Ng made an impact at the 1951 Asian Games in New Delhi, India, winning gold in the 110-metre hurdles and bronze in the 400-metre hurdles. When he mounted the winners’ rostrum, the Indians – who had earlier rejoiced with him following his success – booed him off the track. Fortunately, it wasn’t personal. Apparently, the organisers had played “God Save The Queen”, the British national anthem. Clearly this didn’t go down well with the patriotic locals who had just gained independence from colonial rule. Such were the rough and tumble ways of the sporting community emerging in this part of the world then.
Not to be left out, Tang Pui Wah made a compelling case for female athletes. The daughter of a soya sauce maker and his wife, Tang became Singapore’s first woman Olympian when she competed in the 100-metre sprint and 80-metre hurdles at the 1952 games in Helsinki, Finland. The cold weather, huge crowds, unfamiliar track and lack of proper coaching worked against her in this international setting and she did not do as well as she had hoped. Still, competing at a time when most girls stayed away from sports, the Asian Games bronze medallist was a pioneer and role model for aspiring sportswomen, alongside sprinters Mary Klass and Janet Jesudason who took part in the 1956 Melbourne Olympics.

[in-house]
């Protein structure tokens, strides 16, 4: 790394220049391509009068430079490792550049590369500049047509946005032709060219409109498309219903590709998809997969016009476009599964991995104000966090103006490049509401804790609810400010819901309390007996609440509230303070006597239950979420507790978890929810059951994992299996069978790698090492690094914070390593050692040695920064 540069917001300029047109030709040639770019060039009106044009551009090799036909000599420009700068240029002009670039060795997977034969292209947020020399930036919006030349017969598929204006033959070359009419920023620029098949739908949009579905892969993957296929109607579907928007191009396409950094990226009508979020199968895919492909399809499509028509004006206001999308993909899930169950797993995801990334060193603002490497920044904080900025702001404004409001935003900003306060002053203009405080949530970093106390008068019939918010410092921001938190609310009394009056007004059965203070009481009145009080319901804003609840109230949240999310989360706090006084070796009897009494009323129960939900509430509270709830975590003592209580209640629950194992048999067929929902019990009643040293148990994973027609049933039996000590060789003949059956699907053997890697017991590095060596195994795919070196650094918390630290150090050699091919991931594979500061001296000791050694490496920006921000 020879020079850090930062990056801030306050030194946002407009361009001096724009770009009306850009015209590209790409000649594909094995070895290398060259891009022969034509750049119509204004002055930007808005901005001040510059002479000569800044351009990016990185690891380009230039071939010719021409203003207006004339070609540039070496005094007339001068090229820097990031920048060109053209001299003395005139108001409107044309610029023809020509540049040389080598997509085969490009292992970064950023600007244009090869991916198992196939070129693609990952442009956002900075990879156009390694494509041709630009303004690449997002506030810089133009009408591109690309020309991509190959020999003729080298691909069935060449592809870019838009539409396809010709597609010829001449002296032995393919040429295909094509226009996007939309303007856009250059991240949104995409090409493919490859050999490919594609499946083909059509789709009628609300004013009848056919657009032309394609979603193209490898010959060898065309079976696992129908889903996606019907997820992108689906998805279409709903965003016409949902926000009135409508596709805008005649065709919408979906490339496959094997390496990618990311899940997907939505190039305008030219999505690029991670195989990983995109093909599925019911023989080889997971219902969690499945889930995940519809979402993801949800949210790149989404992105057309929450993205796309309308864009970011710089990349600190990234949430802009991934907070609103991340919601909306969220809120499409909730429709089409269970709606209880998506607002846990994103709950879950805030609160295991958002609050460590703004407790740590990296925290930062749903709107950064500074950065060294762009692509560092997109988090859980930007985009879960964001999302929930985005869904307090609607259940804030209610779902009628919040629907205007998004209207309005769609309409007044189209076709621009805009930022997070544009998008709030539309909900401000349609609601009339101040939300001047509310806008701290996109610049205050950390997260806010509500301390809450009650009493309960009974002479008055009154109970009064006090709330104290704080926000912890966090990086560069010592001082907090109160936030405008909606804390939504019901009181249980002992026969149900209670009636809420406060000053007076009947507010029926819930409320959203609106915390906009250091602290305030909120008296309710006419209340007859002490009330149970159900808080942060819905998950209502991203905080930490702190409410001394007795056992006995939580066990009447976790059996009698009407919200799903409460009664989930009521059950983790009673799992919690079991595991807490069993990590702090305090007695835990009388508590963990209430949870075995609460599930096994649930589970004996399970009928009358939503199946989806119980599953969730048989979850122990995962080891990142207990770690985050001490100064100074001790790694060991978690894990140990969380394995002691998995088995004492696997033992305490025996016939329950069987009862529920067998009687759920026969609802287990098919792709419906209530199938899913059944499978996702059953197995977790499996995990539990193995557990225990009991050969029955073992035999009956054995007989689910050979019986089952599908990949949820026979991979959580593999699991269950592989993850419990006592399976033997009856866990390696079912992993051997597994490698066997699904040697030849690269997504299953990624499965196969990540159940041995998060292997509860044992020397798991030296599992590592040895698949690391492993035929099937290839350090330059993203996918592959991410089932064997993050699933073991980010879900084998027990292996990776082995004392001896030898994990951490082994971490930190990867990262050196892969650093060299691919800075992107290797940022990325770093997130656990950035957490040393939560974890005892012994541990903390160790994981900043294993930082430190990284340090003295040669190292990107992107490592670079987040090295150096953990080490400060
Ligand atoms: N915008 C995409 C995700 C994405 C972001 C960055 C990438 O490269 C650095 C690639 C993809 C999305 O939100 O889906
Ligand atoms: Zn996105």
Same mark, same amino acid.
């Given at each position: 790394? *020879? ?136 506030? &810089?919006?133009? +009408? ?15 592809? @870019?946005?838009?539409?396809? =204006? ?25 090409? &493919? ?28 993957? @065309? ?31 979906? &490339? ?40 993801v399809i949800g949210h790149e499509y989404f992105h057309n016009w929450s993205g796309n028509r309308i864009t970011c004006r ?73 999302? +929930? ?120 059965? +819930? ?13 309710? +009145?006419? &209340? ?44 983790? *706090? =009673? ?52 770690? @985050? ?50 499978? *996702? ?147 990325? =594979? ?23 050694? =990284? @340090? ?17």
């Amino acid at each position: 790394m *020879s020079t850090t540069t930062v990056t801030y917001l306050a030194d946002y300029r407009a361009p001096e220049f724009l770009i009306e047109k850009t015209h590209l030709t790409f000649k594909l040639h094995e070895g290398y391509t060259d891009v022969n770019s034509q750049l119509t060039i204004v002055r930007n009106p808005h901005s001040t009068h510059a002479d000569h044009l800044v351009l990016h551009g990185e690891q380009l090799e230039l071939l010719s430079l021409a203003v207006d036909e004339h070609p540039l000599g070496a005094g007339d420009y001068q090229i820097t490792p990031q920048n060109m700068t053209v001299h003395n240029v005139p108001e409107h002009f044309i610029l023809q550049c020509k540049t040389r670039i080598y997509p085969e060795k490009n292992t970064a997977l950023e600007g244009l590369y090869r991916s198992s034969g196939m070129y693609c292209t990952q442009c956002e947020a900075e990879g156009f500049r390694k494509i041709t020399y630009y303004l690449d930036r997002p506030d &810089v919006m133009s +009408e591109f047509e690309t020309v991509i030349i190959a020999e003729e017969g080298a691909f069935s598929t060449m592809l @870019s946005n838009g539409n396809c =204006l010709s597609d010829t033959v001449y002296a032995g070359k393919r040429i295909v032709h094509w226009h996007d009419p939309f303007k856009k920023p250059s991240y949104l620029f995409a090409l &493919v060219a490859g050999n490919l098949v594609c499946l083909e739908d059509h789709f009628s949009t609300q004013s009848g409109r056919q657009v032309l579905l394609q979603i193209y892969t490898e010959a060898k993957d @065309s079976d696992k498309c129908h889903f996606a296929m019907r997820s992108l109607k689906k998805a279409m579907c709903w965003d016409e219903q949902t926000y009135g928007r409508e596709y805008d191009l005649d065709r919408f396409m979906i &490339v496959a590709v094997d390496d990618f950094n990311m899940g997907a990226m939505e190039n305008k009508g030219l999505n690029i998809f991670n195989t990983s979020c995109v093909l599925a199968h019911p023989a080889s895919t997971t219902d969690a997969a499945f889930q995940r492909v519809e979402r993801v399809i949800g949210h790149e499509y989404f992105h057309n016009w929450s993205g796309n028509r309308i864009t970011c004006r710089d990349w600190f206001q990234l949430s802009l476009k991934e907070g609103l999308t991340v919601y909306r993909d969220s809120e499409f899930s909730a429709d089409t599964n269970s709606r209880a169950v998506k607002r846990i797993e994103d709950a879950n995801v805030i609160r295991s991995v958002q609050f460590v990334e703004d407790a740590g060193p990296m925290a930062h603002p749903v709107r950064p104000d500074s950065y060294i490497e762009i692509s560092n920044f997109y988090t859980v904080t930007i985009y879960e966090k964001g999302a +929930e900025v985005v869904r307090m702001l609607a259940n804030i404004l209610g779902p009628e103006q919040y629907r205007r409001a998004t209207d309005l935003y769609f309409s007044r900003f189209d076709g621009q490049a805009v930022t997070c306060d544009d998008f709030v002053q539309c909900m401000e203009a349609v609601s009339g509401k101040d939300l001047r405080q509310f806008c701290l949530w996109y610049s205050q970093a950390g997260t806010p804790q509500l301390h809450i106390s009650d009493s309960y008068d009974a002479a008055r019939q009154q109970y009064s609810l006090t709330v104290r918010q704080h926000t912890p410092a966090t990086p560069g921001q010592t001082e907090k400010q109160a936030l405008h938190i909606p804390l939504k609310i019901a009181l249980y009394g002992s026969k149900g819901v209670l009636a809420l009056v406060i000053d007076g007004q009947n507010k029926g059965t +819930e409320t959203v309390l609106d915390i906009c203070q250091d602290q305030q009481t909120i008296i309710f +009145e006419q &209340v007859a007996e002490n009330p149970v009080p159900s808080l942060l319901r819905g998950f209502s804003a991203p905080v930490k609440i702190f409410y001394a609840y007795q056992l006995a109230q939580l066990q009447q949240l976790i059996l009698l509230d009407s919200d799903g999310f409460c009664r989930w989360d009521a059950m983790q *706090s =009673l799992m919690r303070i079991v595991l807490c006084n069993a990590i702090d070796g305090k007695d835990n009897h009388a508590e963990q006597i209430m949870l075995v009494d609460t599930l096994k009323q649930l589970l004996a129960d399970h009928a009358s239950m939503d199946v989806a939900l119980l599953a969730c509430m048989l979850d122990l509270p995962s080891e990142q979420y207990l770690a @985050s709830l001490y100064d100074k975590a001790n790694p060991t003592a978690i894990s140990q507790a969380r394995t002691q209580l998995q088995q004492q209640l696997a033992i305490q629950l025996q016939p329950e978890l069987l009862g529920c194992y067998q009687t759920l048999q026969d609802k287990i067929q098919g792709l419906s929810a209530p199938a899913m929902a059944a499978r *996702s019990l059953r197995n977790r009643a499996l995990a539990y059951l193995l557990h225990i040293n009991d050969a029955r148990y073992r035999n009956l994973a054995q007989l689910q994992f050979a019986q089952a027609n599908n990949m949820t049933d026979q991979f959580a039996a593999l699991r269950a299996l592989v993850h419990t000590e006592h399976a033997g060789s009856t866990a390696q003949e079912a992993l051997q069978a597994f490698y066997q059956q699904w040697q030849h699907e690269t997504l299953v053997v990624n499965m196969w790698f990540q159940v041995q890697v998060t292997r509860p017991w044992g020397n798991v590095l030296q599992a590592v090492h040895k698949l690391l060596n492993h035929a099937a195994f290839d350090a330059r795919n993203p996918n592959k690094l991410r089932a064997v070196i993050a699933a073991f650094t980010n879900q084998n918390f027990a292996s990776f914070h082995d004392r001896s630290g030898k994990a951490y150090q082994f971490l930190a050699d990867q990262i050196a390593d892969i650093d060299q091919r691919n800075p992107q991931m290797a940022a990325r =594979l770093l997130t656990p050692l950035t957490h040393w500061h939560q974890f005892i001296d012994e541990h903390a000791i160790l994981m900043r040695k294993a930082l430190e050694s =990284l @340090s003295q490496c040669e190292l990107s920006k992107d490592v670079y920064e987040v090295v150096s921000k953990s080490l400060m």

The 1940s and 1950s: Athletes Par Excellence
These prominent examples aside, the 1940s and 1950s also yielded some of Singapore’s most colourful sports personalities. In football, there were goalkeeper Chu Chee Seng – who was renowned for his reflexes and agility – and Chia Boon Leong, a crafty midfielder nicknamed “Twinkle Toes” famous for his dribbling and passing. They were the driving force behind the Singapore team that won the Malaya Cup for three years in succession: in 1950, 1951 and 1952.